Cartier v. George et al
ORDER - Defendants' motion for summary judgment 21 is GRANTED. Plaintiff's complaint 1 is DISMISSED WITH PREJUDICE AND ON THE MERITS. LET JUDGMENT BE ENTERED ACCORDINGLY. (Written Opinion). Signed by Judge Patrick J. Schiltz on 02/10/10. (bjs)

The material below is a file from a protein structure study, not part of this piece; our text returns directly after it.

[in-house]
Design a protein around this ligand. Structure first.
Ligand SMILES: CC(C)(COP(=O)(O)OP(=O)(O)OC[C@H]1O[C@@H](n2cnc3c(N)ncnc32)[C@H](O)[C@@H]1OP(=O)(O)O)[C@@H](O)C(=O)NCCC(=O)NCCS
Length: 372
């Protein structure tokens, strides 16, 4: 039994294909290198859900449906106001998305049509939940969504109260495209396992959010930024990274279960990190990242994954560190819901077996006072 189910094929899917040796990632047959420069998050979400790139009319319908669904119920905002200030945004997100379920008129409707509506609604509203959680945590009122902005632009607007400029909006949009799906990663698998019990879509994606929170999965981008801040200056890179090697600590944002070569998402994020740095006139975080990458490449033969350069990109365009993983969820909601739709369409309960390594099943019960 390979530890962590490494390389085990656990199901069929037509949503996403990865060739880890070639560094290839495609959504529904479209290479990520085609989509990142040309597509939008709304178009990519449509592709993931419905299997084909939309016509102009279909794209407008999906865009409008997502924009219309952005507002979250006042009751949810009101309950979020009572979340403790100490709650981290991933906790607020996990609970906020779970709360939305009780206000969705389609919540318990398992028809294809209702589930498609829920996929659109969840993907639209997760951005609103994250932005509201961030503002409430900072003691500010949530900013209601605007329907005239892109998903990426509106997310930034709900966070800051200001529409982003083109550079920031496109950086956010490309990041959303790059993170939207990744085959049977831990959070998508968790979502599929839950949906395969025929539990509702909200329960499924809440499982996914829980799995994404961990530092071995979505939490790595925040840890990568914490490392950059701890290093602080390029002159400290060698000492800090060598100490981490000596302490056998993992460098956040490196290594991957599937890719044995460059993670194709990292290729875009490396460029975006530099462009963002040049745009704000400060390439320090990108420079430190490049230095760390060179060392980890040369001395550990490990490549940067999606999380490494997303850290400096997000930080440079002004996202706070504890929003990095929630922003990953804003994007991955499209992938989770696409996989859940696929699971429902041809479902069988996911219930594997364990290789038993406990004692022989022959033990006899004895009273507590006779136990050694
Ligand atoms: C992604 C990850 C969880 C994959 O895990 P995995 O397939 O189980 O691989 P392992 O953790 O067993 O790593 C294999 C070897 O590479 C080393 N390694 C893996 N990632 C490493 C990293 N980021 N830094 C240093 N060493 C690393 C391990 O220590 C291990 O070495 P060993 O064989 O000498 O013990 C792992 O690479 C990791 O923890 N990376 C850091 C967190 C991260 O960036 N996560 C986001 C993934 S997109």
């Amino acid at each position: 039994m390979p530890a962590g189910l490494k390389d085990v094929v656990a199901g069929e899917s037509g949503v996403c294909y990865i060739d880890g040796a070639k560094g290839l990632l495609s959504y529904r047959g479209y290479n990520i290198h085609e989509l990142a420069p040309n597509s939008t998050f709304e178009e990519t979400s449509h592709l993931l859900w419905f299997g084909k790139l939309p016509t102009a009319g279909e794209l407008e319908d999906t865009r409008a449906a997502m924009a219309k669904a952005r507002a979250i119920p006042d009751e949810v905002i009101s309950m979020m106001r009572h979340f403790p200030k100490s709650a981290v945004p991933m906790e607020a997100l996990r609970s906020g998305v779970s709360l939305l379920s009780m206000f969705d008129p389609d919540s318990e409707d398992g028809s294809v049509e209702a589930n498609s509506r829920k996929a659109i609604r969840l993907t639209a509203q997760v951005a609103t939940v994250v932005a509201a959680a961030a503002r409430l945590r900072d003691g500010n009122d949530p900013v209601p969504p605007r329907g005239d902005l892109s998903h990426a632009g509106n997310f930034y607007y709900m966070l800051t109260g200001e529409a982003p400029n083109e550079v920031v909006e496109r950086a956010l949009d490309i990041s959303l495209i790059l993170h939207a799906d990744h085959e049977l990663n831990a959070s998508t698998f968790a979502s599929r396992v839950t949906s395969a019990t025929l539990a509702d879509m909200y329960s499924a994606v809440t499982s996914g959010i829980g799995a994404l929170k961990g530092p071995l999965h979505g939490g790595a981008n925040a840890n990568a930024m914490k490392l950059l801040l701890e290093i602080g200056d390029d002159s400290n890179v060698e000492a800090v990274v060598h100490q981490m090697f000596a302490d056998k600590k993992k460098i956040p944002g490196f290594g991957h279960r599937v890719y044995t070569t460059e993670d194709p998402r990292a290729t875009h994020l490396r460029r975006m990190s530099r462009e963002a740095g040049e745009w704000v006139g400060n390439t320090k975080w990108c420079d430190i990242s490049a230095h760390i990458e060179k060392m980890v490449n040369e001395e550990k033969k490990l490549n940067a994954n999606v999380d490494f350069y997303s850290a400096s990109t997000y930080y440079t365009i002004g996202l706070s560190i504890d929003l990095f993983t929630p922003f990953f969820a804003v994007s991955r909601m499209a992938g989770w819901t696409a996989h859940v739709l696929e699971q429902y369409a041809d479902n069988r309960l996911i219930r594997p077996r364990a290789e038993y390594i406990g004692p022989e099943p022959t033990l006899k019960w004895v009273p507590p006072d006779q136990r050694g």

UNITED STATES DISTRICT COURT DISTRICT OF MINNESOTA JOHN RICHARD CARTIER, Plaintiff, v. RYAN GEORGE, in his individual capacity and as an officer of the White Bear Lake Police Department; RYAN ARBUCKLE, in his individual capacity and as an officer of the White Bear Lake Police Department; and CITY OF WHITE BEAR LAKE, Defendants. Christopher M. Drake and Richard S. Stempel, STEMPEL & DOTY, PLC, for plaintiff. Joseph E. Flynn and Leonard J. Schweich, JARDINE, LOGAN & O'BRIEN, P.L.L.P., for defendants. Plaintiff John Cartier brings claims of excessive force, assault, and battery against defendants Ryan George and Ryan Arbuckle, both of whom are employed as police officers by the City of White Bear Lake.1 Defendants move for summary judgment on all of Cartier's claims. For the reasons that follow, the Court grants the motion. I. BACKGROUND On the night of July 7, 2007, Cartier was out for a ride on his Harley-Davidson motorcycle. Cartier Dep. 14-17. After stopping at a bar in Stillwater for a drink, Cartier headed MEMORANDUM OPINION AND ORDER GRANTING DEFENDANTS' MOTION FOR SUMMARY JUDGMENT Case No. 08-CV-1323 (PJS/JJG)